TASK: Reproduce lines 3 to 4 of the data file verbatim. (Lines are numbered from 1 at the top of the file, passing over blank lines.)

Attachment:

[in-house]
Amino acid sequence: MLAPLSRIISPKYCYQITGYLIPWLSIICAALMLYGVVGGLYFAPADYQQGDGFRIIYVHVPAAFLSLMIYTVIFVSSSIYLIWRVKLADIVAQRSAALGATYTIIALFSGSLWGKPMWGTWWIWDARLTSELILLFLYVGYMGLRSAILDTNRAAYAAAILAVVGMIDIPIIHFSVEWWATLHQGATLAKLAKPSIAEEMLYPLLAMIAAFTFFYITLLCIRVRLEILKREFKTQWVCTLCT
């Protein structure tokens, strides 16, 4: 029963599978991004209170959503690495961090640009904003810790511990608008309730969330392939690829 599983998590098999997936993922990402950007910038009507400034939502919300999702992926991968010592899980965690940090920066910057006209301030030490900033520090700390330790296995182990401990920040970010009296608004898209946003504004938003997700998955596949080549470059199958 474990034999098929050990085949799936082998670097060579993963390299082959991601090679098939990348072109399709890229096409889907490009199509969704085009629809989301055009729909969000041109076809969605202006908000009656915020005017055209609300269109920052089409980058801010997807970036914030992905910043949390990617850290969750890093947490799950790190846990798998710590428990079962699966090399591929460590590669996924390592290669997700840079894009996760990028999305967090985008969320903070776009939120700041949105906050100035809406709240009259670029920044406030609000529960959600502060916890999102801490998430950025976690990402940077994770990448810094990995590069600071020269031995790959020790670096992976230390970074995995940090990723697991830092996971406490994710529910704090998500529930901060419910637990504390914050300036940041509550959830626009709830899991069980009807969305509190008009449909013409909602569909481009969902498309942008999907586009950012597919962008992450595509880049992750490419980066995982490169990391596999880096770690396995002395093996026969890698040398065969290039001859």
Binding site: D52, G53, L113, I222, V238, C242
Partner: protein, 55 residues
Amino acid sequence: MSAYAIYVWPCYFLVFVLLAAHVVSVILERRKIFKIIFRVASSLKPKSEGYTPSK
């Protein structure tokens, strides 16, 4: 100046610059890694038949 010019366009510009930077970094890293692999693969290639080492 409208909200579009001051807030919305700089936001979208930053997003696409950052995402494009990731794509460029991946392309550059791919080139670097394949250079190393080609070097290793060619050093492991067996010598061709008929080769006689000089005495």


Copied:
């Protein structure tokens, strides 16, 4: 029963599978991004209170959503690495961090640009904003810790511990608008309730969330392939690829 599983998590098999997936993922990402950007910038009507400034939502919300999702992926991968010592899980965690940090920066910057006209301030030490900033520090700390330790296995182990401990920040970010009296608004898209946003504004938003997700998955596949080549470059199958 474990034999098929050990085949799936082998670097060579993963390299082959991601090679098939990348072109399709890229096409889907490009199509969704085009629809989301055009729909969000041109076809969605202006908000009656915020005017055209609300269109920052089409980058801010997807970036914030992905910043949390990617850290969750890093947490799950790190846990798998710590428990079962699966090399591929460590590669996924390592290669997700840079894009996760990028999305967090985008969320903070776009939120700041949105906050100035809406709240009259670029920044406030609000529960959600502060916890999102801490998430950025976690990402940077994770990448810094990995590069600071020269031995790959020790670096992976230390970074995995940090990723697991830092996971406490994710529910704090998500529930901060419910637990504390914050300036940041509550959830626009709830899991069980009807969305509190008009449909013409909602569909481009969902498309942008999907586009950012597919962008992450595509880049992750490419980066995982490169990391596999880096770690396995002395093996026969890698040398065969290039001859």
Binding site: D52, G53, L113, I222, V238, C242